As an extremely active person, I often get asked by clients if I get aches and pains. Of course I do. Out of our practice, I am the resident endurance athlete in the house. My colleagues claim to live vicariously through my athletic endeavors, or they think I am just crazy for what I do for “fun.” As a competitive long/ultra distance triathlete for the last 10+ years, I have had my fair share of injuries, aches, pains and frustrations. I have also managed a fair share of sports injuries growing up. This is not meant to imply that I was clumsy or injury prone, stuff happens.
Thankfully with the right training methods (training smarter, not harder-very important as an aging athlete) and the right coach (takes the stress away from writing up a season’s worth of training so I can focus on more important things like helping my clients), I have been able to stay relatively injury free for the last 6 years. So what happens if something hurts? I try to find the source of WHY something hurts. For me, it could be technique, bike fit, muscle imbalances, to name a few. Once I have figured out the cause of my annoyance (rarely have these “injuries” prevented me from racing or training), then all is well.
With triathlon, my injuries are typical of the runner, and cyclist, but not so much swimming. From ankle sprains (at least a half dozen on each ankle), ankle fracture, hamstring tendonitis, hamstring strain, hip flexor issues, sciatica, low back achiness, calf strain, peroneal tendonitis, epicondylitis (from weight training), turf toe, possible stress fractures in my foot, IT band syndrome (3 bouts)…not necessarily an exhaustive list, but these were a good number of conditions that I managed to get through during my early triathlon years. My last 5-6 years in triathlon, I have had very few, if any, injuries. WHY? Between therapist heal thy self, and adopting a different training method, I have been able to keep my body moving and racing with minimal loss of performance. In fact, I am finding that as I am getting older, I’ve actually been pulling off faster times (on some of the same courses). I guess it also helps that I’m a PT. My background knowledge gives me insight into what is going on with the body at a much more intimate level than most others. I actually apply many of the same treatment methods to myself as I would to clients with similar conditions that is assuming I can reasonably access my body region. If I am unable to work on myself, then I recruit the help of one of my esteemed colleagues for a helping hand (pun intended).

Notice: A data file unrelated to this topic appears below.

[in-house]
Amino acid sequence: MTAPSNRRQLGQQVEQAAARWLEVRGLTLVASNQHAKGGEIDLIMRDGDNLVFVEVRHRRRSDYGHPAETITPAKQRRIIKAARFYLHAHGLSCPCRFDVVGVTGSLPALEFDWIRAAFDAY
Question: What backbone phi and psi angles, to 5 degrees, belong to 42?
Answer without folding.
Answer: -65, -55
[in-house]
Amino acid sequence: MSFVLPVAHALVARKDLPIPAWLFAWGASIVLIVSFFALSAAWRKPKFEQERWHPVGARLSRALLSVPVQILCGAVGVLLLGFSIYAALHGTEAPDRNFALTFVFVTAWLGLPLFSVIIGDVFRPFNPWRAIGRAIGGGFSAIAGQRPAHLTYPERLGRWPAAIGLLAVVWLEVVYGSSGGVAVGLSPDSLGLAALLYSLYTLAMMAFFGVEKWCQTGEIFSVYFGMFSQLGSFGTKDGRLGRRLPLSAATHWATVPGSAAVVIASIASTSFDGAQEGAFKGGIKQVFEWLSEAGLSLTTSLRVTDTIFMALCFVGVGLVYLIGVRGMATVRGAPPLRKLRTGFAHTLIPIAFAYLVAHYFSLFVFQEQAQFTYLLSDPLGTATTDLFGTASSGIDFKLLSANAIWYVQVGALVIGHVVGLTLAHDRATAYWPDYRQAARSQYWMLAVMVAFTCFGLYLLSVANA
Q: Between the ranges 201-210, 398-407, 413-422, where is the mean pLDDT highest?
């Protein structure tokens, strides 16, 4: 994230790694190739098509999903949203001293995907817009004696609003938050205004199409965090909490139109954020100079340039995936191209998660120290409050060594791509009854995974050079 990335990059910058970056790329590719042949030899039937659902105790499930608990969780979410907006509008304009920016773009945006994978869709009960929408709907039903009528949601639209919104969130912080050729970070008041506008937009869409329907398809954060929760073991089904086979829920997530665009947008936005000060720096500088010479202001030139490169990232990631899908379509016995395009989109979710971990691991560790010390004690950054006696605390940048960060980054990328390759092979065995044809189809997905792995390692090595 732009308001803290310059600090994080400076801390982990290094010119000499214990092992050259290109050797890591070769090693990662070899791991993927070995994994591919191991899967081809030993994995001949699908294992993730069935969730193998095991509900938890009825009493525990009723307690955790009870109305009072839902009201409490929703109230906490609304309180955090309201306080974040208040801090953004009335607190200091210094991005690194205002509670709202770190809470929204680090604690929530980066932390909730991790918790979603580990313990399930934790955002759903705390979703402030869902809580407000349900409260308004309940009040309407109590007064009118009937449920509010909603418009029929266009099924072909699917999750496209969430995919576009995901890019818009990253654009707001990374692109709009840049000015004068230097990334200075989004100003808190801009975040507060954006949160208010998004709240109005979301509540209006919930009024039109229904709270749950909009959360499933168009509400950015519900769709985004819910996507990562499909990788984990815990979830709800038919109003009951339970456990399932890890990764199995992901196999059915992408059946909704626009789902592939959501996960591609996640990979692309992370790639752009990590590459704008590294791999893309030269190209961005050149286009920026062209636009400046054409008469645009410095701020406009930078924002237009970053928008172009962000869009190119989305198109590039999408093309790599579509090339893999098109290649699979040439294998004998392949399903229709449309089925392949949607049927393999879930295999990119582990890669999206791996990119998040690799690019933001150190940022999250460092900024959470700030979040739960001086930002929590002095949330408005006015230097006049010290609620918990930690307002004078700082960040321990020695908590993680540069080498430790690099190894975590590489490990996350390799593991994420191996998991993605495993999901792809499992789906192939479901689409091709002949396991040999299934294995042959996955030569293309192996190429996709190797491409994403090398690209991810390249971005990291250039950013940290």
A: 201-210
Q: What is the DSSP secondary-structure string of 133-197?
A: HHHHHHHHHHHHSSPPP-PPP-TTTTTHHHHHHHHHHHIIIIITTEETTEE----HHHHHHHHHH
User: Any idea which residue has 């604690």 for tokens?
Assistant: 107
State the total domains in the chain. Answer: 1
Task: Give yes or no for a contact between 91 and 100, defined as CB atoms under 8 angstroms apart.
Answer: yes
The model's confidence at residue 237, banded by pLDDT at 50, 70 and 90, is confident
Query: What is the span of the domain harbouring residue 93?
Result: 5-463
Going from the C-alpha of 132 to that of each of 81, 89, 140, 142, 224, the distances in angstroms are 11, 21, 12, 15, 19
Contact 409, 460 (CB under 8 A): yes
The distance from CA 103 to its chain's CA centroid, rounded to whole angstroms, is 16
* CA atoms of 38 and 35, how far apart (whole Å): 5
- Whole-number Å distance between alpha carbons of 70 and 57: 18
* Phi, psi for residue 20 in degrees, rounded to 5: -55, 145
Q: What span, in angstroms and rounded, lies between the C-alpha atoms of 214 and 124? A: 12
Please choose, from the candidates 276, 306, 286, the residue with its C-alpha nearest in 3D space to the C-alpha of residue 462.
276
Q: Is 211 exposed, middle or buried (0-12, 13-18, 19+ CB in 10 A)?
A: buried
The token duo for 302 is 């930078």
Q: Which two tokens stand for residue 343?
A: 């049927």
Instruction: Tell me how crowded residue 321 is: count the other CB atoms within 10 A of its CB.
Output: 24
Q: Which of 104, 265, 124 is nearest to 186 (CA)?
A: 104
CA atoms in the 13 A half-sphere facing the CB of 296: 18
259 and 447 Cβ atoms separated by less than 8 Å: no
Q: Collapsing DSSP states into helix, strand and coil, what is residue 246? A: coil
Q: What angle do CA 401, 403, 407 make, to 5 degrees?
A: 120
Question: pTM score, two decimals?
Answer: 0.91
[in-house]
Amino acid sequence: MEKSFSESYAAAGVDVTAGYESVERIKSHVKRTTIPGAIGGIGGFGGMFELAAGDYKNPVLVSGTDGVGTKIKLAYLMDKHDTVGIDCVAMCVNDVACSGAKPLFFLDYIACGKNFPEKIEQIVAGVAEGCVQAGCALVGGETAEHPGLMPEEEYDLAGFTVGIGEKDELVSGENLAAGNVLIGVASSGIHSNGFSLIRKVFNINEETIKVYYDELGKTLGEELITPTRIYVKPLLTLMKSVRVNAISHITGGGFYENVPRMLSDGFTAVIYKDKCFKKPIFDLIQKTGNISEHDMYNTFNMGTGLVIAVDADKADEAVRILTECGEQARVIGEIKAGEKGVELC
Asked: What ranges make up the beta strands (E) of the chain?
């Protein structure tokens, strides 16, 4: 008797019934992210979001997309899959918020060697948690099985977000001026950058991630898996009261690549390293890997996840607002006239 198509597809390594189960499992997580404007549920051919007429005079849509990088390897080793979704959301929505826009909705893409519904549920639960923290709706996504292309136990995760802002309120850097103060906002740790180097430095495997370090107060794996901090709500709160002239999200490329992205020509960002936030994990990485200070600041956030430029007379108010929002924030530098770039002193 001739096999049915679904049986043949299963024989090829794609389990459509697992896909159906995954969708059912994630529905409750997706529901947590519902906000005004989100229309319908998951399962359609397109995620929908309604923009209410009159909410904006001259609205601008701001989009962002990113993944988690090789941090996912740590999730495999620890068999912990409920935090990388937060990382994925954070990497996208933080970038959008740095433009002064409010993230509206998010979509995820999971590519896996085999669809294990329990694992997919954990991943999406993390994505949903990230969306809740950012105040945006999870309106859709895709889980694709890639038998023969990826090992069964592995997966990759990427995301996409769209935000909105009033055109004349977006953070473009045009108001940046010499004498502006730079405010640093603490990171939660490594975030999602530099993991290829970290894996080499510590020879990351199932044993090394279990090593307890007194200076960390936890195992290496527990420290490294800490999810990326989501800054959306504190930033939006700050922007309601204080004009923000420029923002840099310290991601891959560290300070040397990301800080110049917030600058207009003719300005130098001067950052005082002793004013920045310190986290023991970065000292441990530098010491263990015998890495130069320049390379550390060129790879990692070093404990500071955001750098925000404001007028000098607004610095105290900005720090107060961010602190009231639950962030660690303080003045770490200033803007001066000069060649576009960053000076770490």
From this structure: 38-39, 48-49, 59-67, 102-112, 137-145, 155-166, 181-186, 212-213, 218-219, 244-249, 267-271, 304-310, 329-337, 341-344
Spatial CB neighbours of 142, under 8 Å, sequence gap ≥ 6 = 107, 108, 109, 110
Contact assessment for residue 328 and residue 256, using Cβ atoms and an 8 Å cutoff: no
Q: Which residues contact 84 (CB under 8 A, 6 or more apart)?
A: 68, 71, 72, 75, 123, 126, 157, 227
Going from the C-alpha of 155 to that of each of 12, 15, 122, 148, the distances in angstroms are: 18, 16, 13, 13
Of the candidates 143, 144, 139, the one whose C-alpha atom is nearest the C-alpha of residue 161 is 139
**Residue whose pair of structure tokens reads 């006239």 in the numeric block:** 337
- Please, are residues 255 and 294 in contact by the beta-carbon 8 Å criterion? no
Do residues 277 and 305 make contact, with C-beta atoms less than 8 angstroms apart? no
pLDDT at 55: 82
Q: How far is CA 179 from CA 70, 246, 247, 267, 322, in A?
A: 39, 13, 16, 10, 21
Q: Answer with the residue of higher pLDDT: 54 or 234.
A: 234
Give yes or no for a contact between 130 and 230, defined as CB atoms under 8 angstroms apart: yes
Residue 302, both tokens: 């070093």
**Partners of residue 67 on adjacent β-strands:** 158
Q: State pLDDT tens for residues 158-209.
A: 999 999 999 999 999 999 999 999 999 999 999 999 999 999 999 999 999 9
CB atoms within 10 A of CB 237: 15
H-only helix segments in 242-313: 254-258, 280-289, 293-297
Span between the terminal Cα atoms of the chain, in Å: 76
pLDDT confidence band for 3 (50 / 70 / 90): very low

In future posts, I will highlight some of the injuries I’ve had the “pleasure” of dealing with first hand.